Armenistis is surrounded by dense pine woods fed by abundant freshwater streams, and this is the starting point for several island walking trails.
The beautiful inland village of Christos Raches or Christos Rachiou, is about five kilometres from Armenistis and buried deep in mountain pine and oak woods and surrounded by vineyards.
The main village of the region has only 350 living here, but it has a school, police station and health centre as well as some small shops, tavernas and cafes around the central square.
There is an imposing church with a marble bellower, some pretty old houses lining narrow cobbled streets and the ruin of a water mill, hidden in the pines.
Sleepy and empty by day Christos Raches 'comes alive' in the evening when the locals come out to wine and dine in the tree-shaded cafes and tavernas. And in the evening visitors will seek out the nearby Litani, for its satisfying sunset views.
South of Christos Raches is the Pezi plateau where a tiny village of the same name sits on a flat, barren upland plain near a massive dam that was built in 1994 to create a reservoir.
It's a change from other Ikarian villages that are usually perched high on mountainsides or strung along fertile valleys; the Pezi area is more moonscape than landscape.
Apart from creating a refuge for local wildlife, the water from the dam irrigates the entire area of Christos Raches. In the 16th century, Pezi was used as a hideout refuge from plundering pirates.
Houses, so-called 'girotokamada' were built behind granite rocks for shelter and as hiding places. The village of Pezi has notable folklore interest and some traditional stone wine presses.
About five kilometres west of Armenistis is another of the more popular Ikaria beaches, known as Nas, which is reached by a very attractive coastal walk.
It lies at the end of the Chalari Gorge where the river Chalaris flows into the beautiful deep inlet creating a deep freshwater beach pool.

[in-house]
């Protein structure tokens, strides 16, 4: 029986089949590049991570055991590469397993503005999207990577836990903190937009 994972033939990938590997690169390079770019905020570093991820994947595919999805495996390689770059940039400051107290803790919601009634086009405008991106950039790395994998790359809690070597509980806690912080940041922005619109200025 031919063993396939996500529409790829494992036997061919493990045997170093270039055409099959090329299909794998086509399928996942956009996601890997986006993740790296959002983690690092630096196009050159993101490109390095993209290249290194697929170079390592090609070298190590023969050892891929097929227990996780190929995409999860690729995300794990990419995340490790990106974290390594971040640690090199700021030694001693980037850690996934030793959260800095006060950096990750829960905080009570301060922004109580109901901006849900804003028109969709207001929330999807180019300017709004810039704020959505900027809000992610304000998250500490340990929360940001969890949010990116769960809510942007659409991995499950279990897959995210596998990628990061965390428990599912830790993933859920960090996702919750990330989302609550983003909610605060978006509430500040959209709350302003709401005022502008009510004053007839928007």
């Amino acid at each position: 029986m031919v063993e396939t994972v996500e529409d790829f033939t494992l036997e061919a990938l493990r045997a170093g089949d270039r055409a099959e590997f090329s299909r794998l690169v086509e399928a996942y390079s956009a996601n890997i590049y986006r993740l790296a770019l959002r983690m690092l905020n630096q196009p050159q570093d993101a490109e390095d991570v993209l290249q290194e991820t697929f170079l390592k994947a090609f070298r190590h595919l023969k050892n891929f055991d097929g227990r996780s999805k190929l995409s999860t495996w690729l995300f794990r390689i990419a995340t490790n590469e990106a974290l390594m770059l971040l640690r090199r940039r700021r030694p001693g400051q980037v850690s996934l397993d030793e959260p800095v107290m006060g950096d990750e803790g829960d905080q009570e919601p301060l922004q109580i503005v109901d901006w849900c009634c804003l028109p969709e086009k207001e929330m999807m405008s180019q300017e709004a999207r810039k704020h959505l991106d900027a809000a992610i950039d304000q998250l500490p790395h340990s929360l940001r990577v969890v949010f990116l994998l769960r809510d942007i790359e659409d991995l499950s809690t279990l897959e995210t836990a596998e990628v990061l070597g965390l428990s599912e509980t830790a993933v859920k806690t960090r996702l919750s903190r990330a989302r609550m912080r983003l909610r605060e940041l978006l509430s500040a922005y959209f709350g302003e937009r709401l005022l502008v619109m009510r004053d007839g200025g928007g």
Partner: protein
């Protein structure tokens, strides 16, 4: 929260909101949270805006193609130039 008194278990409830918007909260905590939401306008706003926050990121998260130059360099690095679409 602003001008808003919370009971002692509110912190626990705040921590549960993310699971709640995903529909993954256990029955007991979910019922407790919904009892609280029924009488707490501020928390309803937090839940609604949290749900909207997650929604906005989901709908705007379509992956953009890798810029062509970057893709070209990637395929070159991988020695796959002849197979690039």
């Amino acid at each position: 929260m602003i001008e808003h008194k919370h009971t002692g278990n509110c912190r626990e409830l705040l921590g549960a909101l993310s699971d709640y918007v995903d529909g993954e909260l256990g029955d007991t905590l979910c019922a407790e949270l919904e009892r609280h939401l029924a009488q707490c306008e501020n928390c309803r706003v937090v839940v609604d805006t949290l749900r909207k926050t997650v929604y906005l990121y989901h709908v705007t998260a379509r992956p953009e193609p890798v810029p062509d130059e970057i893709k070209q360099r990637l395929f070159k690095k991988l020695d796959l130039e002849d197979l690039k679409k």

The small bay of pebble and sand is enclosed by outcrops of rock but the water is prone to heavy swells, and a rope is strung out for swimmers to grab if waves get too big.
Several tavernas offer outstanding views over the sea, particularly good at sunset and there are rooms to let in the village as well as camping nearby.
Near to Nas are the ruins of the ancient temple of Tavropolos Artemida and the dock of an old harbour, though only the temple foundations and a couple of low walls are visible today.
The only other beach of note on Ikaria is on the south coast below the dramatic white cliffs of Seychelles, or Seichelle in one of Ikaria's most memorable settings.
Found on the south-west coast about 25 kilometres from Agios Kirikos, the pretty village of Manganitis is through a tunnel cut into the granite bluff.
The beach is down a very steep path that follows the river bed from the village to a shore of brilliant white stones huddled in a picturesque cove and couched by deeply carved limestone cliffs.
It's remote location, and relatively tricky access makes Seychelles less often visited, and it doesn't take many to fill this small beach.
The stones make the beach blindingly white and turn the waters a deep azure turquoise. An offshore rock offers a place to paddle, but a steep shelf means children must be watched.
There are no facilities on the beach, but there are tavernas and cafes in Manganitis.